Have all your favorite garments that need re-dyeing, fixing bleach spots in a black new tone, select a flexible dyeing process that suits you the best (stovetop or washer) and just drop the packs you’ve bought without opening. If you are doing it in a washing machine, you need to stop the washer while draining because you probably want to sit the fabric with the dye liquor afterward.
Some of the users claimed to have the dyes washed off completely from the materials, so we suggest you read the manual to the letter and use hot water and salt as directed.
- extremely colorfast, even after several washes
- color holds well
- easy application
- no powder mess
- may have brown or purple tint instead of black
- odd smell in the dyed good
Safeguards While Using Black Fabric Dyes
Fabric dyeing with black shades is somewhat critical as expected hue can’t be obtained every time, but with a few easy tricks about favorable conditions required for a specific fabric, the dye could help you reach your longings.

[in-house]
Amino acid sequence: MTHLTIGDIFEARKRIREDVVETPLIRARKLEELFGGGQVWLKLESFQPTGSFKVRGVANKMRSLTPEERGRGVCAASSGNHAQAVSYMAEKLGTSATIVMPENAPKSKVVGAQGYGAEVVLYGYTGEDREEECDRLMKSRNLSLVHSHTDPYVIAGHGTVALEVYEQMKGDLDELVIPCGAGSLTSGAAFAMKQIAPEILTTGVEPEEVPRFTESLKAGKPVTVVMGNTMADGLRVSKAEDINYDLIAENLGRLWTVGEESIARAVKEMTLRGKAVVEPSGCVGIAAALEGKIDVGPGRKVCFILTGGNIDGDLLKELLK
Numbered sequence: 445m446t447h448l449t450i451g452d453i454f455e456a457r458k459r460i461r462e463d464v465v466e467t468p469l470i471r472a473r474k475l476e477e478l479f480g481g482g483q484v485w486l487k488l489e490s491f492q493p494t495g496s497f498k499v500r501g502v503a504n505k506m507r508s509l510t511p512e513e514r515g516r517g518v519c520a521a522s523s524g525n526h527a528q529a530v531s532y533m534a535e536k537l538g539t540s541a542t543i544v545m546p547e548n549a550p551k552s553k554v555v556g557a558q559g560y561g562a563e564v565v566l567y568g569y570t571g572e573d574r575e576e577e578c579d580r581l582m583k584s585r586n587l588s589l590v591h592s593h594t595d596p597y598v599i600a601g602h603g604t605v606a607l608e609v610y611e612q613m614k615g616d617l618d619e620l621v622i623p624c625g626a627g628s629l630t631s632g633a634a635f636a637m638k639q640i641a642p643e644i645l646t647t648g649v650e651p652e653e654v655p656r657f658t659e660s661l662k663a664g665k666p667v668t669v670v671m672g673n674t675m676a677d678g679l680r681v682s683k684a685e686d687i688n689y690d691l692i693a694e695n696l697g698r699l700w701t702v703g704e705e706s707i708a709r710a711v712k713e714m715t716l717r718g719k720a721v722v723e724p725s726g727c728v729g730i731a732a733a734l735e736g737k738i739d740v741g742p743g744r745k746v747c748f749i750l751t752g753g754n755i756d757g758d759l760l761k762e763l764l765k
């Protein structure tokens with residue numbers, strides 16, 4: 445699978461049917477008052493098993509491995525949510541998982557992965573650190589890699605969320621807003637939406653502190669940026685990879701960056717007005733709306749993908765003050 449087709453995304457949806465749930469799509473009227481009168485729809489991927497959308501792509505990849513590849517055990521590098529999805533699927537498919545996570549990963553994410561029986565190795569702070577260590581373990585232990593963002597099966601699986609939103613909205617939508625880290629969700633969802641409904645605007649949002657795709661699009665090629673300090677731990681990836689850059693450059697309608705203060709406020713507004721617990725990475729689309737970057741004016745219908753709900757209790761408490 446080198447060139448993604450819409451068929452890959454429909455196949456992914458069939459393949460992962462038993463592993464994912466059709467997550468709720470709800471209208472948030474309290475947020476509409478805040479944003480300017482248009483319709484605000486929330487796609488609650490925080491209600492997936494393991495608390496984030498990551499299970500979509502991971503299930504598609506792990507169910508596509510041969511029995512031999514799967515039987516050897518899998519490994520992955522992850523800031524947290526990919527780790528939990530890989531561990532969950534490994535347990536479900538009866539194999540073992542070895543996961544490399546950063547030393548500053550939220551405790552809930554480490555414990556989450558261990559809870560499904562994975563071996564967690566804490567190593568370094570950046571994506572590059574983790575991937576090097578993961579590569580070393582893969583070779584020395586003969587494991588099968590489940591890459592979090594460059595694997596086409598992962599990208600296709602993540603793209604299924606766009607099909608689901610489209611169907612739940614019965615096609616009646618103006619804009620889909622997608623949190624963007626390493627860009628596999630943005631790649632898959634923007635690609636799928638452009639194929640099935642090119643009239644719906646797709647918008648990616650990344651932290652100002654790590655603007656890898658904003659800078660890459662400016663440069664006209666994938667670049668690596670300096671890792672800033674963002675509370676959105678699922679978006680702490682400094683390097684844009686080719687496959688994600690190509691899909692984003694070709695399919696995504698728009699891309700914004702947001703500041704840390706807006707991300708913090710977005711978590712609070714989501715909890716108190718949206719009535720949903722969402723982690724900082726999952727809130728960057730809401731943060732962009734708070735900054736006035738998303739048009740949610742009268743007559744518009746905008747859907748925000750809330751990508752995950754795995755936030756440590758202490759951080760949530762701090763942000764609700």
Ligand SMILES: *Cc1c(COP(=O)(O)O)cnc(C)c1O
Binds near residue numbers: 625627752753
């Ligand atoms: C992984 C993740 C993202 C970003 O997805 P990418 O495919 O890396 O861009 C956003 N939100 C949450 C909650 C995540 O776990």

The Usual Suspects!
One thing you should always bear in mind, the outcome of a dyed product, and the endurance it offers largely depends on the fiber type, selected dye, coloring process, and how the product is implemented.
Take the latter one, for example (Jacquard 103108 iDye); how do we get paid-off best using this one? Well, you have to use non-iodized salt instead of table ones, white vinegar while treating silk, etc. Most importantly, the fabric should be 100% natural, and you need to run a stovetop.
Check Your Washing Machine Carefully
We, who use washers, would like to have a look on the outer tub to ensure there is no residual tint, soap scum caused by hard water, etc. before staining a dozen clothes and calling bad names.
Fabric GSM & Runtime
Many users claim to require more black fabric dyes than the suggested one in the pamphlets. This is all about fabric weight and type you’re working with. Also, the extra minutes you spend on after-dyed fabric sitting in the dye liquor counts.
Compatibility Between the Dye & Fabric Type
Again, color staining of the black dyed goods is certainly troublesome and no one can deny that. You might be using the Jacquard Procion ones instead of Rit purpose dyes to get a handsome fastness against washing, but then there is a fact you can’t dye synthetic products with the first, being fiber reactive.
Similarly, you will find hundreds more do’s and don’ts after using several dye brands. Being a very deep shade, precautions associated with black fabric dyes should be taken care of consistently. So, what you really need to do is, consider all the aspects and requirements, and then pick the exact dye to get benefited.